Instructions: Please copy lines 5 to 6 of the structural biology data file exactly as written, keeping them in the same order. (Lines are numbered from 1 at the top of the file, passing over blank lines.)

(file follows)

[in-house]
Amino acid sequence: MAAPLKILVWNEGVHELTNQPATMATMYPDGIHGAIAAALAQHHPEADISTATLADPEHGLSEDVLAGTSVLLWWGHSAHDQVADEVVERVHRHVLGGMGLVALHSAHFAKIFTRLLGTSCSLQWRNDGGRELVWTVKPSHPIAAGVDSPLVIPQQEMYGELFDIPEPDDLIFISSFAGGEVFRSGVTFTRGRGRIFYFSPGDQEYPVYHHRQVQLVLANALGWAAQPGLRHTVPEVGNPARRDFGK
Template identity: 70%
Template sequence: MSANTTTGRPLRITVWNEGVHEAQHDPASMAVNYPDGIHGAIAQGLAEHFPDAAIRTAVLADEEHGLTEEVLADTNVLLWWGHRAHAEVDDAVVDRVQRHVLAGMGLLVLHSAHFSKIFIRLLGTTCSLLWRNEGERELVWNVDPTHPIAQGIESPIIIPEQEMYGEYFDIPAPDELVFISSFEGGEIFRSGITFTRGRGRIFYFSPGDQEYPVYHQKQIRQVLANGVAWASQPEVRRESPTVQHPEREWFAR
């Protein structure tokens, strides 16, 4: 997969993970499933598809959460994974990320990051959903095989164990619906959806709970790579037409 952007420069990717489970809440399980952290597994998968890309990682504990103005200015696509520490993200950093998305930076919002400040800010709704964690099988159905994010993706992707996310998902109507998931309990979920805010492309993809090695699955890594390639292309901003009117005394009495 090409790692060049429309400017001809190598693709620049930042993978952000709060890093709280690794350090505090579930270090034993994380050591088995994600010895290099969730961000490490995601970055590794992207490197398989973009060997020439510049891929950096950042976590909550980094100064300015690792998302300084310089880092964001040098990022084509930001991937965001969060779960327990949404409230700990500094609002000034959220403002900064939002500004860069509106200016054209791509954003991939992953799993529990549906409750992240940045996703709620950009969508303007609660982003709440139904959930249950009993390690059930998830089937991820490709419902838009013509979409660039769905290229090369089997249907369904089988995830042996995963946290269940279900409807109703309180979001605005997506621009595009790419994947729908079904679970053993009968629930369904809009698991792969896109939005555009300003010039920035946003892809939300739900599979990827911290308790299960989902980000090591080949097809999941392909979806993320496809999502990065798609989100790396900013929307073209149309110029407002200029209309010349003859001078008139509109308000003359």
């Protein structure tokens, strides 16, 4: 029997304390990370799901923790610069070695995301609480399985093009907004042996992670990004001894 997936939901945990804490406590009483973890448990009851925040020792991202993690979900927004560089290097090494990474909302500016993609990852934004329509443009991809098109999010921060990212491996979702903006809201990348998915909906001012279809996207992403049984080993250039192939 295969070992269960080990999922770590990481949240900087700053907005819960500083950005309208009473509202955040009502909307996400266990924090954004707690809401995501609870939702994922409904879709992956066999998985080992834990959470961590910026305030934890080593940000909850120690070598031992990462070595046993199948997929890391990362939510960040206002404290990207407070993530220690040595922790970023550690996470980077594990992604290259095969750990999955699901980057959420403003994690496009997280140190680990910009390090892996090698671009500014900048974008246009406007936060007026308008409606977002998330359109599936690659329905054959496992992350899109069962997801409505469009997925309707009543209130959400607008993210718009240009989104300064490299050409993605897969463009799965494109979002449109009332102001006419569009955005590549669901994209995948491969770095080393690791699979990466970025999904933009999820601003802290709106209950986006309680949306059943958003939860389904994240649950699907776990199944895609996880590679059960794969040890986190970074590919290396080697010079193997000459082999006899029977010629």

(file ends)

């Protein structure tokens, strides 16, 4: 997969993970499933598809959460994974990320990051959903095989164990619906959806709970790579037409 952007420069990717489970809440399980952290597994998968890309990682504990103005200015696509520490993200950093998305930076919002400040800010709704964690099988159905994010993706992707996310998902109507998931309990979920805010492309993809090695699955890594390639292309901003009117005394009495 090409790692060049429309400017001809190598693709620049930042993978952000709060890093709280690794350090505090579930270090034993994380050591088995994600010895290099969730961000490490995601970055590794992207490197398989973009060997020439510049891929950096950042976590909550980094100064300015690792998302300084310089880092964001040098990022084509930001991937965001969060779960327990949404409230700990500094609002000034959220403002900064939002500004860069509106200016054209791509954003991939992953799993529990549906409750992240940045996703709620950009969508303007609660982003709440139904959930249950009993390690059930998830089937991820490709419902838009013509979409660039769905290229090369089997249907369904089988995830042996995963946290269940279900409807109703309180979001605005997506621009595009790419994947729908079904679970053993009968629930369904809009698991792969896109939005555009300003010039920035946003892809939300739900599979990827911290308790299960989902980000090591080949097809999941392909979806993320496809999502990065798609989100790396900013929307073209149309110029407002200029209309010349003859001078008139509109308000003359």
């Protein structure tokens, strides 16, 4: 029997304390990370799901923790610069070695995301609480399985093009907004042996992670990004001894 997936939901945990804490406590009483973890448990009851925040020792991202993690979900927004560089290097090494990474909302500016993609990852934004329509443009991809098109999010921060990212491996979702903006809201990348998915909906001012279809996207992403049984080993250039192939 295969070992269960080990999922770590990481949240900087700053907005819960500083950005309208009473509202955040009502909307996400266990924090954004707690809401995501609870939702994922409904879709992956066999998985080992834990959470961590910026305030934890080593940000909850120690070598031992990462070595046993199948997929890391990362939510960040206002404290990207407070993530220690040595922790970023550690996470980077594990992604290259095969750990999955699901980057959420403003994690496009997280140190680990910009390090892996090698671009500014900048974008246009406007936060007026308008409606977002998330359109599936690659329905054959496992992350899109069962997801409505469009997925309707009543209130959400607008993210718009240009989104300064490299050409993605897969463009799965494109979002449109009332102001006419569009955005590549669901994209995948491969770095080393690791699979990466970025999904933009999820601003802290709106209950986006309680949306059943958003939860389904994240649950699907776990199944895609996880590679059960794969040890986190970074590919290396080697010079193997000459082999006899029977010629």